Description of Life at Nashotah

     Nashotah House is completely awesome, and fortunately, everybody in the faculty and staff seem to have good senses of humor.  Chapel is held at least twice a day, sometimes three (if someone volunteered to do the Compline), and to hear 40 or more voices singing in harmony with a pipe organ played by an absolute master is heaven itself. 🙂  The services were said or sung per a schedule, and there are some really talented singers there studying Church Music.  I’ve got a copy of a Compline service that is chanted that I want to practice – I’m going to propose having a Compline service twice a week at 7pm.  No idea if there will be any interest, but it’s worth a try.  Once we sat in a seat, that’s where we were assigned for the duration – which put me among gorgeous tenors and basses, but also made me the only woman on my side of the church.
     The class I’m taking right now is Old Testament, taught by Matthew Lynch, who was a business major who went to Israel for a year’s exchange as an undergrad, and came out an Old Testament scholar going for his Ph.D. in Theological Studies.  He did his master’s level in Germany, and now he is a dean of studies at a seminary in England.  Despite all that, man, he’s young.  He’s got a 4-year-old.  He’s interesting and challenging.  His stated goal is that we learn to be concise; hence his 500-word assignments.  I now have a sign on my computer that says “ONE idea per paragraph.”
     I learned as much from the other students (there are 8 of us – 2 women) as I did from the professor – at least half of whom are from traditions that don’t allow the ordination of women. <grin>  There are topics that get avoided around campus.  Interestingly, we did become very familiar to one another very quickly, so it was nowhere near as uncomfortable as I had anticipated.  Of course, 6 hours a day in the same class will probably do that. 🙂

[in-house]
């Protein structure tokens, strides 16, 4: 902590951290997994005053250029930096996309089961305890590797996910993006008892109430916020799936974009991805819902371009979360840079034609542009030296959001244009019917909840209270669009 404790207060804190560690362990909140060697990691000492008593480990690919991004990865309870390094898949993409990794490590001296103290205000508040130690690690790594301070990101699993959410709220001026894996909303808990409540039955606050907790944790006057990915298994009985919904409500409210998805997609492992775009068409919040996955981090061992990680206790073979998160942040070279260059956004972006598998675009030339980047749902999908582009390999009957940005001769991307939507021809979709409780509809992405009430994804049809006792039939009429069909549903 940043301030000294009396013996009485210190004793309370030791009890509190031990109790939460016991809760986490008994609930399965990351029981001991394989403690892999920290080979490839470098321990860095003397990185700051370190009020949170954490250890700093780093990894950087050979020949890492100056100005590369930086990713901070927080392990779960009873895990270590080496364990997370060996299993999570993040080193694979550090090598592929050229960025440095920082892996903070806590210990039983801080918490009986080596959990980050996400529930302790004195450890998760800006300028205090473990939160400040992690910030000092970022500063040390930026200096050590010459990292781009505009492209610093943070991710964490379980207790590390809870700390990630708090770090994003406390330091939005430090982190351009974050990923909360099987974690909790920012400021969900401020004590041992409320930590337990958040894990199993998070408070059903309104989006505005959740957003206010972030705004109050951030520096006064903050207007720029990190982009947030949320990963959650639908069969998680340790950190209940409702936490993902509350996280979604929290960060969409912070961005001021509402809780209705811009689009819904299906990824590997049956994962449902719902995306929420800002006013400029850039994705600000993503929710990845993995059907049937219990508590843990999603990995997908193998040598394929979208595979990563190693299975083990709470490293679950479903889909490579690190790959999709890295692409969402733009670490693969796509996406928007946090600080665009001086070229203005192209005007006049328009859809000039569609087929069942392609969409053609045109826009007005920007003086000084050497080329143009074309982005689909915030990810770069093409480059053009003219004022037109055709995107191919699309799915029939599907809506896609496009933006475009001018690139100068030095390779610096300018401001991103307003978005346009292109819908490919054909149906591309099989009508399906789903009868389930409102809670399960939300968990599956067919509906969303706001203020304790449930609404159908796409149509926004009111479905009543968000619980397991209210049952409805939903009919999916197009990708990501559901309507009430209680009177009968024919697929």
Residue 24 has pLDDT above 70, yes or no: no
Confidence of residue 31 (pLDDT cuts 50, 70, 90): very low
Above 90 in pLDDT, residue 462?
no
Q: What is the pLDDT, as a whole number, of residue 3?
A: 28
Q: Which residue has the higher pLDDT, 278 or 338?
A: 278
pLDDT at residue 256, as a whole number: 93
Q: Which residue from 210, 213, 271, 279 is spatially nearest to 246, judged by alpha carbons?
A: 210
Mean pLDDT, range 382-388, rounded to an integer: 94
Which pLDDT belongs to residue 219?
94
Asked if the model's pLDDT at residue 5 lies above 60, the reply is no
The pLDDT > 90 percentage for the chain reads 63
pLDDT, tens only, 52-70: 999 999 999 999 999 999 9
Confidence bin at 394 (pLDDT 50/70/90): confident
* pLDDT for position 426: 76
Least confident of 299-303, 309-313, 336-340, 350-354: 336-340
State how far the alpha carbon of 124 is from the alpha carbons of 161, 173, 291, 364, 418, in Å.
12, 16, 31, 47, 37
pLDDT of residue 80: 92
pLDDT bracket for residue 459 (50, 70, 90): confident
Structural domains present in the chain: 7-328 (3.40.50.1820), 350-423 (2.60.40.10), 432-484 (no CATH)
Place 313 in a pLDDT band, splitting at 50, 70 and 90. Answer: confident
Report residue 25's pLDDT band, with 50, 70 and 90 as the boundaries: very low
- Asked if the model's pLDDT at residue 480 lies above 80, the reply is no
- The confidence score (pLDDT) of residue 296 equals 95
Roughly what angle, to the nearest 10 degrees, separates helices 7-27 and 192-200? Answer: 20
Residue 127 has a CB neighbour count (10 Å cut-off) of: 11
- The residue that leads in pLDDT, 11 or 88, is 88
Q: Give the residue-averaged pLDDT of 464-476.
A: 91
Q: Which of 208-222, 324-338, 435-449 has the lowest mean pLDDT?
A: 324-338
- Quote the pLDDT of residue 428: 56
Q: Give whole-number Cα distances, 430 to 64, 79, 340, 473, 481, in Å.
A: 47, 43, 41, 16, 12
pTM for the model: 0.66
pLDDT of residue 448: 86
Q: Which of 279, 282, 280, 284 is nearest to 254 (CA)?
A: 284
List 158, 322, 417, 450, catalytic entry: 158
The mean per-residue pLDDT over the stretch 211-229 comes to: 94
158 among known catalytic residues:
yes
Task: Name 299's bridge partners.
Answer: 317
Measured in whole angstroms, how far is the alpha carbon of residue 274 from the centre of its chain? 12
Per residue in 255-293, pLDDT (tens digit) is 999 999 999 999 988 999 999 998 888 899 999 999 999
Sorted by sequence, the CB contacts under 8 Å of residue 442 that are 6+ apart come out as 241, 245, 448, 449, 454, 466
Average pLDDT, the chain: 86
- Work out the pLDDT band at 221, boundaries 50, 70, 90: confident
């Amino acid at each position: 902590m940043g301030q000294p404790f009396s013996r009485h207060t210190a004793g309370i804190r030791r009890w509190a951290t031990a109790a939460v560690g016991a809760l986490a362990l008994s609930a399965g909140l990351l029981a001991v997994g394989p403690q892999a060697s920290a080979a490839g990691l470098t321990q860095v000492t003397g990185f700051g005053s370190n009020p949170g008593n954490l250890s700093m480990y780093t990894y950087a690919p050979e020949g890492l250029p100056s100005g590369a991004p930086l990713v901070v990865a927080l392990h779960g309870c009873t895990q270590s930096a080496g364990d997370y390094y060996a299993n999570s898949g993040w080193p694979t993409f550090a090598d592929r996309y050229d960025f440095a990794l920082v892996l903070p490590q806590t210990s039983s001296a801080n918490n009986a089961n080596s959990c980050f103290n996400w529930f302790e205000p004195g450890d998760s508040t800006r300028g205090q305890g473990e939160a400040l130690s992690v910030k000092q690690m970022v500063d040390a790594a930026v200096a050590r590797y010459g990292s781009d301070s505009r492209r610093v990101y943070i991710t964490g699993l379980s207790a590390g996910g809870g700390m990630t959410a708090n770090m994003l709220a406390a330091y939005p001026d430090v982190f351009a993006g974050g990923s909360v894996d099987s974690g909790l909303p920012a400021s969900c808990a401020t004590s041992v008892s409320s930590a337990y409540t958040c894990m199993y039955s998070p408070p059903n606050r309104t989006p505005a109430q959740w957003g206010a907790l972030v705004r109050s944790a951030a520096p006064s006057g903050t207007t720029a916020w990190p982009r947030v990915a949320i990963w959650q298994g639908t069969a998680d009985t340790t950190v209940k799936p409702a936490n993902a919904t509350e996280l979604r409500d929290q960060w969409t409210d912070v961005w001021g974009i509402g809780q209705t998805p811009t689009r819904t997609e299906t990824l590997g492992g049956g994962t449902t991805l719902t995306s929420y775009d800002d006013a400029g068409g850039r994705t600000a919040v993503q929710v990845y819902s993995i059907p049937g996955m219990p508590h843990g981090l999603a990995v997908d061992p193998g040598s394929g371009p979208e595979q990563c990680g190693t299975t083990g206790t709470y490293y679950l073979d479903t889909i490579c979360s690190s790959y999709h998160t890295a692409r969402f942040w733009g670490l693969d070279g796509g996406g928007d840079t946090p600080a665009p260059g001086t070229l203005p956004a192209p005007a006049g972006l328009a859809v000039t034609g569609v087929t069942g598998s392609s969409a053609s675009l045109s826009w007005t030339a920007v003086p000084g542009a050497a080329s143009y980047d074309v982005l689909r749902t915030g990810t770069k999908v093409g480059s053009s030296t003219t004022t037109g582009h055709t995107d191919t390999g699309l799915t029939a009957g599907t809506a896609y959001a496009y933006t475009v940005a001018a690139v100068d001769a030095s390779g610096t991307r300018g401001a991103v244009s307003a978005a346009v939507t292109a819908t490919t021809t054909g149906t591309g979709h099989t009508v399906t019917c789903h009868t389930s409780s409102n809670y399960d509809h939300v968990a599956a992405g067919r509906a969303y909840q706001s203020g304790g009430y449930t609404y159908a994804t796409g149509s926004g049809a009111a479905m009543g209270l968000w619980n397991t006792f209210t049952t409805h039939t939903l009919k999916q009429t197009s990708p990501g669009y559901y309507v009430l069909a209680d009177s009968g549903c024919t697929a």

Superficially, everything is beautiful – they’ve definitely got some construction issues that should be addressed, but given that they have a maximum of 60 students residential, I don’t see that happening anytime soon.  Water takes about 5 minutes to heat up, and I was told that hot water is not necessarily always guaranteed. <g>  There are chipmunks, squirrels and even ran into a bunch of baby frogs!
     Then there was the ride on the one-ton bell.  That was unique.
     So, at this point, we have a weekly post and reply to someone else’s post due, with our final paper (2000-2500 words) due at the end of this quarter.  As I have a truly unhealthy fascination with poetry (mine is unfortunately all rhyming couplets, but it is a method God has communicated with me before, so I continue), and have just discovered that Hebrew poetry is completely different than western poetry (which is important, because I have a project to rewrite Psalm 119 as an acrostic in English, only to discover that I’ve got to go back and re-edit because the important part is parallelism), I’m going to do mine on the book of Micah, which is entirely poetry.  I’ve got Jan Fokkelman’s book on Introduction to Hebrew Poetry on its way, and checked out far too many books from the library (next time, the bag needs to be able to roll…) on both poetry and Micah.
     Having posted my first post, and seen what two others in my class posted, either I’m right on the money, or I completely misunderstood the assignment.  I guess I’ll find out.  First paper ended up as an A (he assigned the draft due the first day, with discussions and then turning in the final by the last day), thank goodness.  As you can see – one idea per paragraph is pretty foreign to me. 🙂

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